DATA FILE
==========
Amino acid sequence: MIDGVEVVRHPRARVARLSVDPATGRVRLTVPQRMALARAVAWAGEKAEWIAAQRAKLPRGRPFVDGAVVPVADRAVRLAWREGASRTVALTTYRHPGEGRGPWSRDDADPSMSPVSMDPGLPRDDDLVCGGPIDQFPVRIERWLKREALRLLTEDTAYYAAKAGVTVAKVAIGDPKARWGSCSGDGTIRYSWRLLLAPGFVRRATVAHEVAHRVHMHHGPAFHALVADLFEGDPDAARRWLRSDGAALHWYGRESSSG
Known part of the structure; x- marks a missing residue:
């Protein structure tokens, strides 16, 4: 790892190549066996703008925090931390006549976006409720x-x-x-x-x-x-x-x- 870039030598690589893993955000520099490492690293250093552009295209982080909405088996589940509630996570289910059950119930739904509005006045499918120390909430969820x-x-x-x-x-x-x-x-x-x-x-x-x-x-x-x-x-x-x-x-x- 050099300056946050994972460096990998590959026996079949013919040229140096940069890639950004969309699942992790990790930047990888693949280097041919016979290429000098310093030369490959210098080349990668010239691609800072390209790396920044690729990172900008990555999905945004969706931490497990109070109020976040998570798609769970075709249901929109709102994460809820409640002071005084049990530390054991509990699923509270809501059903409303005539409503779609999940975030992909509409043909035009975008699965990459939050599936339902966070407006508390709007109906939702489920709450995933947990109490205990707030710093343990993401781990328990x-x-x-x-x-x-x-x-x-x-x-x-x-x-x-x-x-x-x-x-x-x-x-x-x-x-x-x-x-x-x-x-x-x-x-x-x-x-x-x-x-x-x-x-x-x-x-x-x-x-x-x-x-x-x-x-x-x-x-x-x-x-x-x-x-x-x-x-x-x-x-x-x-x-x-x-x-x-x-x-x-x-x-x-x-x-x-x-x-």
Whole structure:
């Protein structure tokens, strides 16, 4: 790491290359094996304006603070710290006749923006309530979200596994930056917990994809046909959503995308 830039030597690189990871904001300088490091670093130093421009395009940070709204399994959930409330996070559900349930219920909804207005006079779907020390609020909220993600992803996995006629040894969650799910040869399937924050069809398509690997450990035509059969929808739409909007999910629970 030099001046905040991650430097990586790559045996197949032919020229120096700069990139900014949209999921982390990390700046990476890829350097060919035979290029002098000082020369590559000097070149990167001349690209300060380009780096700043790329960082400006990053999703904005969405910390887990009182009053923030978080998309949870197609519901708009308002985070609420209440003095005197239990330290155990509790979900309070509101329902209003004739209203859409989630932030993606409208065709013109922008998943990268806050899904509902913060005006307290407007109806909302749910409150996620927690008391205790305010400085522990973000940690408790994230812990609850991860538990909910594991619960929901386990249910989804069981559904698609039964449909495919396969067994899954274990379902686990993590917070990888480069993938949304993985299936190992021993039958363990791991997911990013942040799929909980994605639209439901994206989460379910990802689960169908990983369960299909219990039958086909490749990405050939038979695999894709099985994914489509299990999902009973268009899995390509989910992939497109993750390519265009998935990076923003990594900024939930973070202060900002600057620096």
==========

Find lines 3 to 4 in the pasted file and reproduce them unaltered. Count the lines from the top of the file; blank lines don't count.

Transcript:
């Protein structure tokens, strides 16, 4: 790892190549066996703008925090931390006549976006409720x-x-x-x-x-x-x-x- 870039030598690589893993955000520099490492690293250093552009295209982080909405088996589940509630996570289910059950119930739904509005006045499918120390909430969820x-x-x-x-x-x-x-x-x-x-x-x-x-x-x-x-x-x-x-x-x- 050099300056946050994972460096990998590959026996079949013919040229140096940069890639950004969309699942992790990790930047990888693949280097041919016979290429000098310093030369490959210098080349990668010239691609800072390209790396920044690729990172900008990555999905945004969706931490497990109070109020976040998570798609769970075709249901929109709102994460809820409640002071005084049990530390054991509990699923509270809501059903409303005539409503779609999940975030992909509409043909035009975008699965990459939050599936339902966070407006508390709007109906939702489920709450995933947990109490205990707030710093343990993401781990328990x-x-x-x-x-x-x-x-x-x-x-x-x-x-x-x-x-x-x-x-x-x-x-x-x-x-x-x-x-x-x-x-x-x-x-x-x-x-x-x-x-x-x-x-x-x-x-x-x-x-x-x-x-x-x-x-x-x-x-x-x-x-x-x-x-x-x-x-x-x-x-x-x-x-x-x-x-x-x-x-x-x-x-x-x-x-x-x-x-």
Whole structure: